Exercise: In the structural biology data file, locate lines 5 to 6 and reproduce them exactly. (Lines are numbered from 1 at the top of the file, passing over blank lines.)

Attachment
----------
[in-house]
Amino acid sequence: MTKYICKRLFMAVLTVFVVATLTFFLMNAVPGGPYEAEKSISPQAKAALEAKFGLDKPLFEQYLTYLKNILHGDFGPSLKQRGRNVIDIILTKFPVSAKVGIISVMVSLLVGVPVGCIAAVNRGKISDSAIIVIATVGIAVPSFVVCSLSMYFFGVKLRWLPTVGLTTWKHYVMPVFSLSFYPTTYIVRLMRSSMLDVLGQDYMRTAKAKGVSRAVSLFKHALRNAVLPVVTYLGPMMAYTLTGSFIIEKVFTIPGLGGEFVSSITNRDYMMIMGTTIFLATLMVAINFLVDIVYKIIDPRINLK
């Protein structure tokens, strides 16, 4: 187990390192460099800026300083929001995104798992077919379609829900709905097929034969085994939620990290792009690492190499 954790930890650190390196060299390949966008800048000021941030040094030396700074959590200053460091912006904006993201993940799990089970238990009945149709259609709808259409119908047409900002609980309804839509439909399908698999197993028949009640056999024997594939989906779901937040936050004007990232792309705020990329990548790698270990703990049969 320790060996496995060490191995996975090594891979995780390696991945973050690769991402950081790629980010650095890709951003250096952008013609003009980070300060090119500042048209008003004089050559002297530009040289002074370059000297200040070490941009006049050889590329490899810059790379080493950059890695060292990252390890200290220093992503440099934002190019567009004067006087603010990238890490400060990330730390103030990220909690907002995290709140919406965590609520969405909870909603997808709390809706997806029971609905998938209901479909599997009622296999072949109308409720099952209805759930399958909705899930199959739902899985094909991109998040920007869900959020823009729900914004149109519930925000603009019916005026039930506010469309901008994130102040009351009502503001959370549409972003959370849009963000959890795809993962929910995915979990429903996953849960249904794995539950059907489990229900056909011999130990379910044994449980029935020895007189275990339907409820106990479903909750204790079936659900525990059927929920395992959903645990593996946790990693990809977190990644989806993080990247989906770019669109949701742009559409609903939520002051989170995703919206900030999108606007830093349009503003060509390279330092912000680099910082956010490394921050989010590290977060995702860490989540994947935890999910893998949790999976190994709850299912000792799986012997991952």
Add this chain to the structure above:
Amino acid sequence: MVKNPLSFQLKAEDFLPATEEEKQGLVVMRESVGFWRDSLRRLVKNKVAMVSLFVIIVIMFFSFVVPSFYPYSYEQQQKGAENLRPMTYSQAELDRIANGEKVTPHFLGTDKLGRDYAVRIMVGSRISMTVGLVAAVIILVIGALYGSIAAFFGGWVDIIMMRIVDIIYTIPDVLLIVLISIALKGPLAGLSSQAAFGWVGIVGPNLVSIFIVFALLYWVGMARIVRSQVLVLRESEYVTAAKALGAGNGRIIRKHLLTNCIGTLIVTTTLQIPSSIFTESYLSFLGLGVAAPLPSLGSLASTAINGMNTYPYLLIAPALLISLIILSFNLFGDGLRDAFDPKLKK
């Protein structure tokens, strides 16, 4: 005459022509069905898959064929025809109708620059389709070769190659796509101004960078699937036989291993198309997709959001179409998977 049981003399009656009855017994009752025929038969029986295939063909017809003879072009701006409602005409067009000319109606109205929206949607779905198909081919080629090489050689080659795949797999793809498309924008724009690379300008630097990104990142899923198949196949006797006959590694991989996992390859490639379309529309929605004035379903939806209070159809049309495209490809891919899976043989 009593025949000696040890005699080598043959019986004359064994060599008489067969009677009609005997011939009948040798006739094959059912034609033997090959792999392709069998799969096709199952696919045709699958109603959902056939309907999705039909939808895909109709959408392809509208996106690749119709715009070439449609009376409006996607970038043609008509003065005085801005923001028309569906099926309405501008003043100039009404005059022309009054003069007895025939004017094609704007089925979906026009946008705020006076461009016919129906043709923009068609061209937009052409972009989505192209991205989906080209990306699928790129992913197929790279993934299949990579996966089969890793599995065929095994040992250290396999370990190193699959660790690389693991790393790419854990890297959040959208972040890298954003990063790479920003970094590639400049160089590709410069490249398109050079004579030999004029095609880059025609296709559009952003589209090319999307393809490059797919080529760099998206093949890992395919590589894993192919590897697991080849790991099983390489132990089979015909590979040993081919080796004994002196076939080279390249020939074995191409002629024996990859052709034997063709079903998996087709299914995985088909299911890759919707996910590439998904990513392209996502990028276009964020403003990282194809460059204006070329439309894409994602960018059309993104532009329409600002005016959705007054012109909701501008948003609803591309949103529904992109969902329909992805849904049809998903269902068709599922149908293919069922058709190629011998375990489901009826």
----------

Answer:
Amino acid sequence: MVKNPLSFQLKAEDFLPATEEEKQGLVVMRESVGFWRDSLRRLVKNKVAMVSLFVIIVIMFFSFVVPSFYPYSYEQQQKGAENLRPMTYSQAELDRIANGEKVTPHFLGTDKLGRDYAVRIMVGSRISMTVGLVAAVIILVIGALYGSIAAFFGGWVDIIMMRIVDIIYTIPDVLLIVLISIALKGPLAGLSSQAAFGWVGIVGPNLVSIFIVFALLYWVGMARIVRSQVLVLRESEYVTAAKALGAGNGRIIRKHLLTNCIGTLIVTTTLQIPSSIFTESYLSFLGLGVAAPLPSLGSLASTAINGMNTYPYLLIAPALLISLIILSFNLFGDGLRDAFDPKLKK
């Protein structure tokens, strides 16, 4: 005459022509069905898959064929025809109708620059389709070769190659796509101004960078699937036989291993198309997709959001179409998977 049981003399009656009855017994009752025929038969029986295939063909017809003879072009701006409602005409067009000319109606109205929206949607779905198909081919080629090489050689080659795949797999793809498309924008724009690379300008630097990104990142899923198949196949006797006959590694991989996992390859490639379309529309929605004035379903939806209070159809049309495209490809891919899976043989 009593025949000696040890005699080598043959019986004359064994060599008489067969009677009609005997011939009948040798006739094959059912034609033997090959792999392709069998799969096709199952696919045709699958109603959902056939309907999705039909939808895909109709959408392809509208996106690749119709715009070439449609009376409006996607970038043609008509003065005085801005923001028309569906099926309405501008003043100039009404005059022309009054003069007895025939004017094609704007089925979906026009946008705020006076461009016919129906043709923009068609061209937009052409972009989505192209991205989906080209990306699928790129992913197929790279993934299949990579996966089969890793599995065929095994040992250290396999370990190193699959660790690389693991790393790419854990890297959040959208972040890298954003990063790479920003970094590639400049160089590709410069490249398109050079004579030999004029095609880059025609296709559009952003589209090319999307393809490059797919080529760099998206093949890992395919590589894993192919590897697991080849790991099983390489132990089979015909590979040993081919080796004994002196076939080279390249020939074995191409002629024996990859052709034997063709079903998996087709299914995985088909299911890759919707996910590439998904990513392209996502990028276009964020403003990282194809460059204006070329439309894409994602960018059309993104532009329409600002005016959705007054012109909701501008948003609803591309949103529904992109969902329909992805849904049809998903269902068709599922149908293919069922058709190629011998375990489901009826």